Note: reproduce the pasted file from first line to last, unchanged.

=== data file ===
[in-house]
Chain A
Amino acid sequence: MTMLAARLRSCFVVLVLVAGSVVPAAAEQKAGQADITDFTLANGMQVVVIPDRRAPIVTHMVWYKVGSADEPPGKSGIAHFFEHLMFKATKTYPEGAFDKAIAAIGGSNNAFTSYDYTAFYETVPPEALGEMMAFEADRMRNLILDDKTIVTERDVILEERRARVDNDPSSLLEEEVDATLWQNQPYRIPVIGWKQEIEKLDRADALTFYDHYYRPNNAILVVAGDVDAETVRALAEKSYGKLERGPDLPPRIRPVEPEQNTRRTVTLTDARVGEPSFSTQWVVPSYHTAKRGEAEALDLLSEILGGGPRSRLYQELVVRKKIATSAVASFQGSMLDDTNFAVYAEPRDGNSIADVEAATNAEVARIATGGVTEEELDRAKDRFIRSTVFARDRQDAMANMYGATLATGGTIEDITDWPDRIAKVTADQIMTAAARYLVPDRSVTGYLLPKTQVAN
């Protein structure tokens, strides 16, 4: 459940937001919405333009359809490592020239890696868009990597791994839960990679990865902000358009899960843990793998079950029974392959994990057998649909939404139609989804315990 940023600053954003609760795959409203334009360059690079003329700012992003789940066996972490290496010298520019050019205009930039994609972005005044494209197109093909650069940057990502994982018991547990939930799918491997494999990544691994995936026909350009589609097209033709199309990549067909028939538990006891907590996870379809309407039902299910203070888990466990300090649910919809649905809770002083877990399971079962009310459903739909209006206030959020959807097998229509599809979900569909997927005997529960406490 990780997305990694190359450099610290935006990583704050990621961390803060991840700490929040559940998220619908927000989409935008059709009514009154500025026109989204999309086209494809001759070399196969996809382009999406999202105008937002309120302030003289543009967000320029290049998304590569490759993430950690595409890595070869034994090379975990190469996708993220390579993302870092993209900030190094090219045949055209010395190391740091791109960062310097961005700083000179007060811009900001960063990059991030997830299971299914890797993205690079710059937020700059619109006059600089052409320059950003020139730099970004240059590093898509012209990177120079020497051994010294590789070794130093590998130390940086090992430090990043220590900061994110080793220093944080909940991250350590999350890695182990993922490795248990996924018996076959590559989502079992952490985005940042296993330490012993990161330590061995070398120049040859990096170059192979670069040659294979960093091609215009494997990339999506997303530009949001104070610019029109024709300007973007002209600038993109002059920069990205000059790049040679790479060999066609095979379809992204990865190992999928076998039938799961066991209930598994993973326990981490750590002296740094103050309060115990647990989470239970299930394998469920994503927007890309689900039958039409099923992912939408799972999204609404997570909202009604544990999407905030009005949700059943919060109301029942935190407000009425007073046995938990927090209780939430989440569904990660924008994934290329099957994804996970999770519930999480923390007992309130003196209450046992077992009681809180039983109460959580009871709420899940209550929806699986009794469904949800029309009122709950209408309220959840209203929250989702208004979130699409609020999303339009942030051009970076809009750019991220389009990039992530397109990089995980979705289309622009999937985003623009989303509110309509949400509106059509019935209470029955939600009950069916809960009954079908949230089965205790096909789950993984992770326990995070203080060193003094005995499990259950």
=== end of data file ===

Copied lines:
[in-house]
Chain A
Amino acid sequence: MTMLAARLRSCFVVLVLVAGSVVPAAAEQKAGQADITDFTLANGMQVVVIPDRRAPIVTHMVWYKVGSADEPPGKSGIAHFFEHLMFKATKTYPEGAFDKAIAAIGGSNNAFTSYDYTAFYETVPPEALGEMMAFEADRMRNLILDDKTIVTERDVILEERRARVDNDPSSLLEEEVDATLWQNQPYRIPVIGWKQEIEKLDRADALTFYDHYYRPNNAILVVAGDVDAETVRALAEKSYGKLERGPDLPPRIRPVEPEQNTRRTVTLTDARVGEPSFSTQWVVPSYHTAKRGEAEALDLLSEILGGGPRSRLYQELVVRKKIATSAVASFQGSMLDDTNFAVYAEPRDGNSIADVEAATNAEVARIATGGVTEEELDRAKDRFIRSTVFARDRQDAMANMYGATLATGGTIEDITDWPDRIAKVTADQIMTAAARYLVPDRSVTGYLLPKTQVAN
């Protein structure tokens, strides 16, 4: 459940937001919405333009359809490592020239890696868009990597791994839960990679990865902000358009899960843990793998079950029974392959994990057998649909939404139609989804315990 940023600053954003609760795959409203334009360059690079003329700012992003789940066996972490290496010298520019050019205009930039994609972005005044494209197109093909650069940057990502994982018991547990939930799918491997494999990544691994995936026909350009589609097209033709199309990549067909028939538990006891907590996870379809309407039902299910203070888990466990300090649910919809649905809770002083877990399971079962009310459903739909209006206030959020959807097998229509599809979900569909997927005997529960406490 990780997305990694190359450099610290935006990583704050990621961390803060991840700490929040559940998220619908927000989409935008059709009514009154500025026109989204999309086209494809001759070399196969996809382009999406999202105008937002309120302030003289543009967000320029290049998304590569490759993430950690595409890595070869034994090379975990190469996708993220390579993302870092993209900030190094090219045949055209010395190391740091791109960062310097961005700083000179007060811009900001960063990059991030997830299971299914890797993205690079710059937020700059619109006059600089052409320059950003020139730099970004240059590093898509012209990177120079020497051994010294590789070794130093590998130390940086090992430090990043220590900061994110080793220093944080909940991250350590999350890695182990993922490795248990996924018996076959590559989502079992952490985005940042296993330490012993990161330590061995070398120049040859990096170059192979670069040659294979960093091609215009494997990339999506997303530009949001104070610019029109024709300007973007002209600038993109002059920069990205000059790049040679790479060999066609095979379809992204990865190992999928076998039938799961066991209930598994993973326990981490750590002296740094103050309060115990647990989470239970299930394998469920994503927007890309689900039958039409099923992912939408799972999204609404997570909202009604544990999407905030009005949700059943919060109301029942935190407000009425007073046995938990927090209780939430989440569904990660924008994934290329099957994804996970999770519930999480923390007992309130003196209450046992077992009681809180039983109460959580009871709420899940209550929806699986009794469904949800029309009122709950209408309220959840209203929250989702208004979130699409609020999303339009942030051009970076809009750019991220389009990039992530397109990089995980979705289309622009999937985003623009989303509110309509949400509106059509019935209470029955939600009950069916809960009954079908949230089965205790096909789950993984992770326990995070203080060193003094005995499990259950």